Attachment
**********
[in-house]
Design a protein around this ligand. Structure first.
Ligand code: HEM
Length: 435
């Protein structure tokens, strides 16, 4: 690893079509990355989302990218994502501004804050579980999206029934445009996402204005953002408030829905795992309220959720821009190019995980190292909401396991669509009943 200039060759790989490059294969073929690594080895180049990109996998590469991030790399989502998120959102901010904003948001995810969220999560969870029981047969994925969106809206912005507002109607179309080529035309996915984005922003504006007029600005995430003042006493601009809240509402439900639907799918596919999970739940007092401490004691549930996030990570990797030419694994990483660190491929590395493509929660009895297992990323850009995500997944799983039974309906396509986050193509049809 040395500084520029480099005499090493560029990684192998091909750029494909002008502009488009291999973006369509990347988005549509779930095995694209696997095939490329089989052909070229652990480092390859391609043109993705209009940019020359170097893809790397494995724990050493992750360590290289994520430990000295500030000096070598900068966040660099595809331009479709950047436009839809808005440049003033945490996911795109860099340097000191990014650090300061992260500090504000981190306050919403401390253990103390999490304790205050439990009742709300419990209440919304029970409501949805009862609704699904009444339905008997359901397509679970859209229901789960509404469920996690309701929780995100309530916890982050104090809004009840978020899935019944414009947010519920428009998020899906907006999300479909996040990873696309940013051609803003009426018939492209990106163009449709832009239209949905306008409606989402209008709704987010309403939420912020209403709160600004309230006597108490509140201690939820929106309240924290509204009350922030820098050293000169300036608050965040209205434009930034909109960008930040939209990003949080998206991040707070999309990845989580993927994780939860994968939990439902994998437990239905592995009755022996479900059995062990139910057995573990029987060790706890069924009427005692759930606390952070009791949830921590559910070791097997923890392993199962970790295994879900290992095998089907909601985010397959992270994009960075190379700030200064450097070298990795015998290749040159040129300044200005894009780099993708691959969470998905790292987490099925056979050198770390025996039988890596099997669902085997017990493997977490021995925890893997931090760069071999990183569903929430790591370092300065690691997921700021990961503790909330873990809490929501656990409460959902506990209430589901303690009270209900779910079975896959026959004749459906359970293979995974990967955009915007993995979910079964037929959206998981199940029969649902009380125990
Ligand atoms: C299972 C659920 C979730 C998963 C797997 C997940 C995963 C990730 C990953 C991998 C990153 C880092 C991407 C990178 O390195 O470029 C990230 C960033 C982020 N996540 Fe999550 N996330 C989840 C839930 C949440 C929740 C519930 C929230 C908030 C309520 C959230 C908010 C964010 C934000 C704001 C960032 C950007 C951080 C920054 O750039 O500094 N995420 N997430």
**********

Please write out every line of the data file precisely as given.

[in-house]
Design a protein around this ligand. Structure first.
Ligand code: HEM
Length: 435
């Protein structure tokens, strides 16, 4: 690893079509990355989302990218994502501004804050579980999206029934445009996402204005953002408030829905795992309220959720821009190019995980190292909401396991669509009943 200039060759790989490059294969073929690594080895180049990109996998590469991030790399989502998120959102901010904003948001995810969220999560969870029981047969994925969106809206912005507002109607179309080529035309996915984005922003504006007029600005995430003042006493601009809240509402439900639907799918596919999970739940007092401490004691549930996030990570990797030419694994990483660190491929590395493509929660009895297992990323850009995500997944799983039974309906396509986050193509049809 040395500084520029480099005499090493560029990684192998091909750029494909002008502009488009291999973006369509990347988005549509779930095995694209696997095939490329089989052909070229652990480092390859391609043109993705209009940019020359170097893809790397494995724990050493992750360590290289994520430990000295500030000096070598900068966040660099595809331009479709950047436009839809808005440049003033945490996911795109860099340097000191990014650090300061992260500090504000981190306050919403401390253990103390999490304790205050439990009742709300419990209440919304029970409501949805009862609704699904009444339905008997359901397509679970859209229901789960509404469920996690309701929780995100309530916890982050104090809004009840978020899935019944414009947010519920428009998020899906907006999300479909996040990873696309940013051609803003009426018939492209990106163009449709832009239209949905306008409606989402209008709704987010309403939420912020209403709160600004309230006597108490509140201690939820929106309240924290509204009350922030820098050293000169300036608050965040209205434009930034909109960008930040939209990003949080998206991040707070999309990845989580993927994780939860994968939990439902994998437990239905592995009755022996479900059995062990139910057995573990029987060790706890069924009427005692759930606390952070009791949830921590559910070791097997923890392993199962970790295994879900290992095998089907909601985010397959992270994009960075190379700030200064450097070298990795015998290749040159040129300044200005894009780099993708691959969470998905790292987490099925056979050198770390025996039988890596099997669902085997017990493997977490021995925890893997931090760069071999990183569903929430790591370092300065690691997921700021990961503790909330873990809490929501656990409460959902506990209430589901303690009270209900779910079975896959026959004749459906359970293979995974990967955009915007993995979910079964037929959206998981199940029969649902009380125990
Ligand atoms: C299972 C659920 C979730 C998963 C797997 C997940 C995963 C990730 C990953 C991998 C990153 C880092 C991407 C990178 O390195 O470029 C990230 C960033 C982020 N996540 Fe999550 N996330 C989840 C839930 C949440 C929740 C519930 C929230 C908030 C309520 C959230 C908010 C964010 C934000 C704001 C960032 C950007 C951080 C920054 O750039 O500094 N995420 N997430």